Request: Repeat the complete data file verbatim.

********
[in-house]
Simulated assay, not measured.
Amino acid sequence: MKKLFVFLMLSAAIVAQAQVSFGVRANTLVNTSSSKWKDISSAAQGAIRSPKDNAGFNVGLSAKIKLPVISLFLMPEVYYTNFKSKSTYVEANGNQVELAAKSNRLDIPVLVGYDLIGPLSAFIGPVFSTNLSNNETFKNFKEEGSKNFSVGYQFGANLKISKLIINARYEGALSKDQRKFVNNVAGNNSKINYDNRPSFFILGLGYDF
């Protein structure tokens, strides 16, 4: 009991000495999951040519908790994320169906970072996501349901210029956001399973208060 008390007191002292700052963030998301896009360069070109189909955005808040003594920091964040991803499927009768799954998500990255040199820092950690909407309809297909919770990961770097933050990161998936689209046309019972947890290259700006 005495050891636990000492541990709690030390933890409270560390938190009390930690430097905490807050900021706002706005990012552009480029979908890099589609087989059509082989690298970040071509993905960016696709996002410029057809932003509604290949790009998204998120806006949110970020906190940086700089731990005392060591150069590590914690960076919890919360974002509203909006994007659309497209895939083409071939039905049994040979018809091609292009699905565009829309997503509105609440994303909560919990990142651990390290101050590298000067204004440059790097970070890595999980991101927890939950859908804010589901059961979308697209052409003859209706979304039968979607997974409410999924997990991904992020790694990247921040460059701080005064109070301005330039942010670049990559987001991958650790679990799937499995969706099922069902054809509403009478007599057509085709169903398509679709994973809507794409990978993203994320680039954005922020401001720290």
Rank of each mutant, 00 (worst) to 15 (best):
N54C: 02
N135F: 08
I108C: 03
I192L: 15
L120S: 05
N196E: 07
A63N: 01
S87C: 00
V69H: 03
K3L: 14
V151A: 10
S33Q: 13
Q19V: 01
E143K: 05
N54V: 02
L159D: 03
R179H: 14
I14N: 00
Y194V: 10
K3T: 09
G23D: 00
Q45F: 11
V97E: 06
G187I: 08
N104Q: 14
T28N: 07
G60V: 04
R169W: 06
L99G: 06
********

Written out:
[in-house]
Simulated assay, not measured.
Amino acid sequence: MKKLFVFLMLSAAIVAQAQVSFGVRANTLVNTSSSKWKDISSAAQGAIRSPKDNAGFNVGLSAKIKLPVISLFLMPEVYYTNFKSKSTYVEANGNQVELAAKSNRLDIPVLVGYDLIGPLSAFIGPVFSTNLSNNETFKNFKEEGSKNFSVGYQFGANLKISKLIINARYEGALSKDQRKFVNNVAGNNSKINYDNRPSFFILGLGYDF
């Protein structure tokens, strides 16, 4: 009991000495999951040519908790994320169906970072996501349901210029956001399973208060 008390007191002292700052963030998301896009360069070109189909955005808040003594920091964040991803499927009768799954998500990255040199820092950690909407309809297909919770990961770097933050990161998936689209046309019972947890290259700006 005495050891636990000492541990709690030390933890409270560390938190009390930690430097905490807050900021706002706005990012552009480029979908890099589609087989059509082989690298970040071509993905960016696709996002410029057809932003509604290949790009998204998120806006949110970020906190940086700089731990005392060591150069590590914690960076919890919360974002509203909006994007659309497209895939083409071939039905049994040979018809091609292009699905565009829309997503509105609440994303909560919990990142651990390290101050590298000067204004440059790097970070890595999980991101927890939950859908804010589901059961979308697209052409003859209706979304039968979607997974409410999924997990991904992020790694990247921040460059701080005064109070301005330039942010670049990559987001991958650790679990799937499995969706099922069902054809509403009478007599057509085709169903398509679709994973809507794409990978993203994320680039954005922020401001720290």
Rank of each mutant, 00 (worst) to 15 (best):
N54C: 02
N135F: 08
I108C: 03
I192L: 15
L120S: 05
N196E: 07
A63N: 01
S87C: 00
V69H: 03
K3L: 14
V151A: 10
S33Q: 13
Q19V: 01
E143K: 05
N54V: 02
L159D: 03
R179H: 14
I14N: 00
Y194V: 10
K3T: 09
G23D: 00
Q45F: 11
V97E: 06
G187I: 08
N104Q: 14
T28N: 07
G60V: 04
R169W: 06
L99G: 06